Alabama hospital pauses IVF treatments following ruling saying frozen embryos are children

The exterior of the Alabama Supreme Court building.
The exterior of the Alabama Supreme Court building. Copyright Kim Chandler/AP Photo
Copyright Kim Chandler/AP Photo
By Euronews with AP
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The US state of Alabama's Supreme Court recently ruled that frozen embryos can be considered children under state law.


A hospital in Alabama paused in vitro fertilisation (IVF) treatments after the US state's Supreme Court ruled that frozen embryos are children.

The state's largest hospital system said that it would evaluate whether patients or doctors could face criminal charges for IVF treatments.

“We are saddened that this will impact our patients’ attempt to have a baby through IVF," the statement from spokeswoman Savannah Koplon at the University of Alabama at Birmingham read.

IVF involves retrieving a woman's eggs and combining them in a laboratory with a man's sperm to create an embryo, which is kept frozen.

This is then transferred into a woman's uterus and can be a solution for people who are having trouble getting pregnant.

The recent Alabama Supreme Court ruling found that frozen embryos can be legally considered children in the state.

It was issued after three couples who had frozen embryos destroyed in an accident at a fertility clinic sued.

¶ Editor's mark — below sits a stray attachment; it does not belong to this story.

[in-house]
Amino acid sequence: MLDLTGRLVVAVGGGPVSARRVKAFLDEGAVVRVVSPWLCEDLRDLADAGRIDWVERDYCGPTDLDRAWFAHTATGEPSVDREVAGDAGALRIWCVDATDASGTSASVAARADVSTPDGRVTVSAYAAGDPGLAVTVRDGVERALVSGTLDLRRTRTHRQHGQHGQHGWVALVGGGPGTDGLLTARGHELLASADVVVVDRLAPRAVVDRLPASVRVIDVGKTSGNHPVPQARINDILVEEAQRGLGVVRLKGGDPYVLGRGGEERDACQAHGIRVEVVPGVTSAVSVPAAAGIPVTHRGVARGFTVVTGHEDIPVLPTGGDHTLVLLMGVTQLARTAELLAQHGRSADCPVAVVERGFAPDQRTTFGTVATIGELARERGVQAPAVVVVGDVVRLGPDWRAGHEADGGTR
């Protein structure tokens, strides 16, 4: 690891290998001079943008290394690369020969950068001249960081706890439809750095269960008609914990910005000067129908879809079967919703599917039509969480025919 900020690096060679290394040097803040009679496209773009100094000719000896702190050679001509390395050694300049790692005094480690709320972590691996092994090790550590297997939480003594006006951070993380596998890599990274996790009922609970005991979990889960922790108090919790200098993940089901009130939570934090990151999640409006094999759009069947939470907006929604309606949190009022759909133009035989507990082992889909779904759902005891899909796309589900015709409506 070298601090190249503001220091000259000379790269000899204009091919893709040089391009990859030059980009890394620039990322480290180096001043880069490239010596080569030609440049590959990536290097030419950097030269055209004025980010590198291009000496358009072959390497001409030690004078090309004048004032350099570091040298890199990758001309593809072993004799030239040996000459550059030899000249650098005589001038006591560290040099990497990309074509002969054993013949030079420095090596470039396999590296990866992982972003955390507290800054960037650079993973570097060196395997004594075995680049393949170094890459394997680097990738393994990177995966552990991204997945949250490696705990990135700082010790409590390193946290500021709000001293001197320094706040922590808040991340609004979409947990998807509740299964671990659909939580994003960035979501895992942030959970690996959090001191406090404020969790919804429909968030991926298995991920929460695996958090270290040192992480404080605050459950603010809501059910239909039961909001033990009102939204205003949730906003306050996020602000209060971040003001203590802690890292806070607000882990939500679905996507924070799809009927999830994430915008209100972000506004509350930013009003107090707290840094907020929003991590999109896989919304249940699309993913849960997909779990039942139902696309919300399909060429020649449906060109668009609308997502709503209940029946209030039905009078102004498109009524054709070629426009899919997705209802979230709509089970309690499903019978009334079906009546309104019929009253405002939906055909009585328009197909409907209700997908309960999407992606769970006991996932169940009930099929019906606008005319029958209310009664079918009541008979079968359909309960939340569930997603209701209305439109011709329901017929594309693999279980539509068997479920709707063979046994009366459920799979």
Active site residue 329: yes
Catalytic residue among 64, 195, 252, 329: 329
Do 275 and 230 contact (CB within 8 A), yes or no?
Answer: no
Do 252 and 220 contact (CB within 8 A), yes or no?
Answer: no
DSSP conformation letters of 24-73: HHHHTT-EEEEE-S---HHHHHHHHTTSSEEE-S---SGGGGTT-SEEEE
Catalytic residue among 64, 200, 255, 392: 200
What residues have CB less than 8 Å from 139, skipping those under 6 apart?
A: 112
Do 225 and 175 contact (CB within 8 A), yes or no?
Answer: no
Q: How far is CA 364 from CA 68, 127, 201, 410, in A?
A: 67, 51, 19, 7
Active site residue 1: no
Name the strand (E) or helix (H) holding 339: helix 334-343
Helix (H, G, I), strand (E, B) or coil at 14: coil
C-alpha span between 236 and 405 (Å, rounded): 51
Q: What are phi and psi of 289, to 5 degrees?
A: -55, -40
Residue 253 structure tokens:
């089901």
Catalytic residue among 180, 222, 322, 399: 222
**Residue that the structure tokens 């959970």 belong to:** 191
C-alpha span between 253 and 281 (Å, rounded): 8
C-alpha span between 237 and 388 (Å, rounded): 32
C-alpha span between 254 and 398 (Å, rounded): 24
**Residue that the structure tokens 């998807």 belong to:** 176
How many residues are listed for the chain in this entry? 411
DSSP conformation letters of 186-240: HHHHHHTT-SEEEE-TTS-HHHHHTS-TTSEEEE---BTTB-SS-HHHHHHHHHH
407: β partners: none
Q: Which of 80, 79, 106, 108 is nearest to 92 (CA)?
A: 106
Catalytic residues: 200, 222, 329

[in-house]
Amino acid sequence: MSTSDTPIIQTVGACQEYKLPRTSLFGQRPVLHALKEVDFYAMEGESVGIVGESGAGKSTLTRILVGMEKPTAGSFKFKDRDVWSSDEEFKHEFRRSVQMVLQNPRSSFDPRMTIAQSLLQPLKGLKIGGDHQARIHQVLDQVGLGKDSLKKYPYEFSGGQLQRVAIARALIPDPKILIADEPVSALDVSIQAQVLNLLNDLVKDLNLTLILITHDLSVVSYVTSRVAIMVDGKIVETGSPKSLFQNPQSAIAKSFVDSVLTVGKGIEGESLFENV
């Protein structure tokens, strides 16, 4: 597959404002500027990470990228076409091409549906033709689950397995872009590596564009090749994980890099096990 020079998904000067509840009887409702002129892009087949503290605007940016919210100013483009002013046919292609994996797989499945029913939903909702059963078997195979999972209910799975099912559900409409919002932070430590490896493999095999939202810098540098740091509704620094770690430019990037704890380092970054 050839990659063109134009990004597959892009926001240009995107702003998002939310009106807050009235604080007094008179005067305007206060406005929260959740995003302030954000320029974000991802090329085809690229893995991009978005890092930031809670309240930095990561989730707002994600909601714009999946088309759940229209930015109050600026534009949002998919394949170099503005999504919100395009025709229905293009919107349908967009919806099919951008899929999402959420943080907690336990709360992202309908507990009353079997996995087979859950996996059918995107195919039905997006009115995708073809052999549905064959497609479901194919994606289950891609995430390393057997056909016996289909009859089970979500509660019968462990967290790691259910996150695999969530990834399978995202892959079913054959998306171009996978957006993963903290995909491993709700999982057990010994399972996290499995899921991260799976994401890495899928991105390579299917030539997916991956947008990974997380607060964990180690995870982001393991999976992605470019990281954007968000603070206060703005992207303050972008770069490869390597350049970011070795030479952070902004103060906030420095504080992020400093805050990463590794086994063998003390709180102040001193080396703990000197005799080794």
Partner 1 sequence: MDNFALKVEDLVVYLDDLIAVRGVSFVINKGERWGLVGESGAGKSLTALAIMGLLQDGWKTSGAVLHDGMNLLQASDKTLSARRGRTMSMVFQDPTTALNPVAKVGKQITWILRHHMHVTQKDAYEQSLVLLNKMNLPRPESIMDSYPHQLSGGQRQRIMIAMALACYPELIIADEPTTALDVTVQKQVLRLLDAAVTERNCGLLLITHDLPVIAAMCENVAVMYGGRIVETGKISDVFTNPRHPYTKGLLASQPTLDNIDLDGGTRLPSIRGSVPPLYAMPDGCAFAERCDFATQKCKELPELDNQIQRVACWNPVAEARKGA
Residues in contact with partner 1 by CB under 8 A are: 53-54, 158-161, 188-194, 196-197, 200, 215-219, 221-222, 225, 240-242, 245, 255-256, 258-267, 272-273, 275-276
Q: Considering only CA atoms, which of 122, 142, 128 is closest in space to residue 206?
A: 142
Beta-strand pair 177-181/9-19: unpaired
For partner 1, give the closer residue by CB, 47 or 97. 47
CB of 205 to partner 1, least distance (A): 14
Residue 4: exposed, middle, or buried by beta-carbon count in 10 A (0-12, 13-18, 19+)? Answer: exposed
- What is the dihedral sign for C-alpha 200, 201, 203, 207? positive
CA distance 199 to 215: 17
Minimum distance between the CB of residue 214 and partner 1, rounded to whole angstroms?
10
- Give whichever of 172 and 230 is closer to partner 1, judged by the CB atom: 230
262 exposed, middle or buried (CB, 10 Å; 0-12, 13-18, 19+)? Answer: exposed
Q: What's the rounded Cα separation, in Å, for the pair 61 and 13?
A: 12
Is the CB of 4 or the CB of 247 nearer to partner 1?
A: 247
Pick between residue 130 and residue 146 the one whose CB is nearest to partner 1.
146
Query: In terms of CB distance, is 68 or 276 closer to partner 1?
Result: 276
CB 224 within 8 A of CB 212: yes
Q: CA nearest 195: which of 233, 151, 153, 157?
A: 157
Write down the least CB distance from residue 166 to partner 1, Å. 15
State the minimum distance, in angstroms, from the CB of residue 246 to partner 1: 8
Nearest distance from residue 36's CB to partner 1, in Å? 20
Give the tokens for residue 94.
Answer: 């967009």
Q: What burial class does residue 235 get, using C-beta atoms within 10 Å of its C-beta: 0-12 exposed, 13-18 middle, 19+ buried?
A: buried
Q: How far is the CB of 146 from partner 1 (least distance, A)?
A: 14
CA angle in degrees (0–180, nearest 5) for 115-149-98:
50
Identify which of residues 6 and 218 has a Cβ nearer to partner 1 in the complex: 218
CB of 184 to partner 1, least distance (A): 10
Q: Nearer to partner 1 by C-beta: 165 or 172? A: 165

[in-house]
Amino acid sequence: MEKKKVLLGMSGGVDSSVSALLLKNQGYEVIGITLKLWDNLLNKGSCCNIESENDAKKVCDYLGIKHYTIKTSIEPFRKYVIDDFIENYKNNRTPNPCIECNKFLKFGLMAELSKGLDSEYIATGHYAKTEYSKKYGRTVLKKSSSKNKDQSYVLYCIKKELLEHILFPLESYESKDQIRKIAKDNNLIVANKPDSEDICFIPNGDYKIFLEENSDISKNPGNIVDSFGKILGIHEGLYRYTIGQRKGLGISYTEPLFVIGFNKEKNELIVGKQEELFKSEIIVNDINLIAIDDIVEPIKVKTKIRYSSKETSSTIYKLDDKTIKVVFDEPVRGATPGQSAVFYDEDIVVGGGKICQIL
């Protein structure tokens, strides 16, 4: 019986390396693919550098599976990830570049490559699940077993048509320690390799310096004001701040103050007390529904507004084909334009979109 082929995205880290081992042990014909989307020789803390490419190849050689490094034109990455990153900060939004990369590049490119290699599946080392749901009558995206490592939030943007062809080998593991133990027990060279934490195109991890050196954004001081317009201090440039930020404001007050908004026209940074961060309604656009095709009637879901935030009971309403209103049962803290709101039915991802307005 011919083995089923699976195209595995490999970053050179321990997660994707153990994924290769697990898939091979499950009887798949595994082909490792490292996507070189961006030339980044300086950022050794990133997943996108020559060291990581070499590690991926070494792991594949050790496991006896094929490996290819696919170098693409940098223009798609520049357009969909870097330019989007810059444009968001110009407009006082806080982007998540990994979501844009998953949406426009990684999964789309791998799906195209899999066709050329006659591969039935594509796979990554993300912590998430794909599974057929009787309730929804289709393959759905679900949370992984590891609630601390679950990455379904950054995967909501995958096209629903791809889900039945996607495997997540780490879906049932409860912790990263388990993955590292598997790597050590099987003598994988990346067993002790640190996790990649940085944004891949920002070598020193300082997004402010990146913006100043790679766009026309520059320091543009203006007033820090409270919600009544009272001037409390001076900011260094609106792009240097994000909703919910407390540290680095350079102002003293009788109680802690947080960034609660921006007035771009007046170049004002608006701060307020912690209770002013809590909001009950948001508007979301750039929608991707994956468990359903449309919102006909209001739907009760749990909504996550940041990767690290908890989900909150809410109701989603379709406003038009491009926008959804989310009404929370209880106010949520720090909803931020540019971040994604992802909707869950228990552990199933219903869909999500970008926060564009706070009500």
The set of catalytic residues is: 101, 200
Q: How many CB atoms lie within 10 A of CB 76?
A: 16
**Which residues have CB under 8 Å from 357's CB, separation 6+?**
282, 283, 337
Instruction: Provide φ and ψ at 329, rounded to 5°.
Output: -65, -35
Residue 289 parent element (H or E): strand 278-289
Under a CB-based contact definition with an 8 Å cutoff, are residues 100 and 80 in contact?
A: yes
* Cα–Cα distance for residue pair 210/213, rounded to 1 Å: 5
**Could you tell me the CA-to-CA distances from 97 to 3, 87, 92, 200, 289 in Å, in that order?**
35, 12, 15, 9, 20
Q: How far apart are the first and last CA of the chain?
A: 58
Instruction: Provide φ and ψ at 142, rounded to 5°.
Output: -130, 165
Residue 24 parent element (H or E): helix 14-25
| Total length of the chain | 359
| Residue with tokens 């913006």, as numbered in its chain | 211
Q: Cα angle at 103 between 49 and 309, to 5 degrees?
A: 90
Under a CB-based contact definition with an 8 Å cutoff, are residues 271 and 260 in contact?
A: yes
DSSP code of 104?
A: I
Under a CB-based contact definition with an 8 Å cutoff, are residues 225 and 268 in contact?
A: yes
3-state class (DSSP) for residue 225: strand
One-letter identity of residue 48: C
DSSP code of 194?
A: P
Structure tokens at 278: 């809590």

Experts have said that the ruling calls into question the practice of IVF.

The all-Republican judges on the court ruled that the state's act on the wrongful death of a minor applied to all unborn children "regardless of their location".

How US abortion ruling influences fertility treatments

The US Supreme Court's decision to overturn Roe v. Wade in 2022 sparked speculation about how the ruling could lead to problems with fertility care, said Greer Donley, an associate professor at the University of Pittsburgh School of Law.

“This is one of the first places that is proving that," she said.

Donley expects that IVF will remain available in Alabama but that instead of storing embryos, they will be moved to other states. This would increase the cost, logistical challenges and risks of the procedures.

Since 2022, four states have amended their constitutions to protect access to abortion, and several others are considering ballot measures for this year.

In many, the language goes beyond allowing abortion to give people rights to reproductive freedom more broadly, which could ensure access to IVF.

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